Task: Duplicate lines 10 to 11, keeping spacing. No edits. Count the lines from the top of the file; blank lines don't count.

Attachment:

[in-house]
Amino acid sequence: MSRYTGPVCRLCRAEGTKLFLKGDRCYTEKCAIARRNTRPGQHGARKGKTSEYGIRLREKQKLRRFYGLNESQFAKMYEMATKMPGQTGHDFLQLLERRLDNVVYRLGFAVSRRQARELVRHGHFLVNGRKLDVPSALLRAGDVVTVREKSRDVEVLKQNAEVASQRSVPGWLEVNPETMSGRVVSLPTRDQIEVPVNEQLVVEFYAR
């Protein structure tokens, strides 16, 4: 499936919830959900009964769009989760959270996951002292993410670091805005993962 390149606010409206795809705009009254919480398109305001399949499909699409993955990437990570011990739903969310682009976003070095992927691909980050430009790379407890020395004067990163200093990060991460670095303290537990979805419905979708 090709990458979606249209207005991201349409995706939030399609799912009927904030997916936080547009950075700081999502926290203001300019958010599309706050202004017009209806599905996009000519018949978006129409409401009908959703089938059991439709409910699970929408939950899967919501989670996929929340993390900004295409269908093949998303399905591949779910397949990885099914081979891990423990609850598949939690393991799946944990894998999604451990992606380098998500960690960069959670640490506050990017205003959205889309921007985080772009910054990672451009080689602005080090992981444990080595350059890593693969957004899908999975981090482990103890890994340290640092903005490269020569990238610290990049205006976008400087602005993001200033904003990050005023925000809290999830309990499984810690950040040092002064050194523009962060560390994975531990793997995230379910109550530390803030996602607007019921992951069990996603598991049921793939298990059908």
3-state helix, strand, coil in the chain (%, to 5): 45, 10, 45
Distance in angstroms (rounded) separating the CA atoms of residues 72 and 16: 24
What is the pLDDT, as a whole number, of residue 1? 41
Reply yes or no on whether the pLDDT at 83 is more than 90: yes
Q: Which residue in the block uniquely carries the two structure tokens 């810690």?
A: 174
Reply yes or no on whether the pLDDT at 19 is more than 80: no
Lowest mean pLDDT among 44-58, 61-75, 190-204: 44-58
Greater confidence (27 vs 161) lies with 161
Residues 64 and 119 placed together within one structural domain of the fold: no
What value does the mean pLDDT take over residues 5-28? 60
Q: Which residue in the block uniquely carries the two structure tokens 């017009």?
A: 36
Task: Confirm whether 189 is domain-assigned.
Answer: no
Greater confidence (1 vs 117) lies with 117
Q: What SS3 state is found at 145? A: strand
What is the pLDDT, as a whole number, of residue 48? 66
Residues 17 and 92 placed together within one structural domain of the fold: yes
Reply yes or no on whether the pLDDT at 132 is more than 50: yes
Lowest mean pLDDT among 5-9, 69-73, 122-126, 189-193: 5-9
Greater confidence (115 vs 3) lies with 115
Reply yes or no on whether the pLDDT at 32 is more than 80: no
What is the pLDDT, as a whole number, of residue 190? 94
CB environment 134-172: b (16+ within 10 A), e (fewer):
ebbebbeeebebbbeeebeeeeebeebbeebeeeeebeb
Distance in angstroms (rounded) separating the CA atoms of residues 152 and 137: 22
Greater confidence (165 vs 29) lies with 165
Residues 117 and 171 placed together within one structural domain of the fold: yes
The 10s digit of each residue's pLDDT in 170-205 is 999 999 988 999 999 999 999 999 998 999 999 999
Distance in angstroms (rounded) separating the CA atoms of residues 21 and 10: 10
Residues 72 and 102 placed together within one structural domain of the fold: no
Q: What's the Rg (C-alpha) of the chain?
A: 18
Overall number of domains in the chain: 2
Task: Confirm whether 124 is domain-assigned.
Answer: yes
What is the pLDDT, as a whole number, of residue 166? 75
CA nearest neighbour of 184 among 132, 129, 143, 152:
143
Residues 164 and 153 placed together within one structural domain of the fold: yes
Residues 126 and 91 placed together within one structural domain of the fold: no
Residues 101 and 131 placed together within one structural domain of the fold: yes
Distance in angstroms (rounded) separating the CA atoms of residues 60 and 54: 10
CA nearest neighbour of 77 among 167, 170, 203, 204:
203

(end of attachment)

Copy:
Reply yes or no on whether the pLDDT at 19 is more than 80: no
Lowest mean pLDDT among 44-58, 61-75, 190-204: 44-58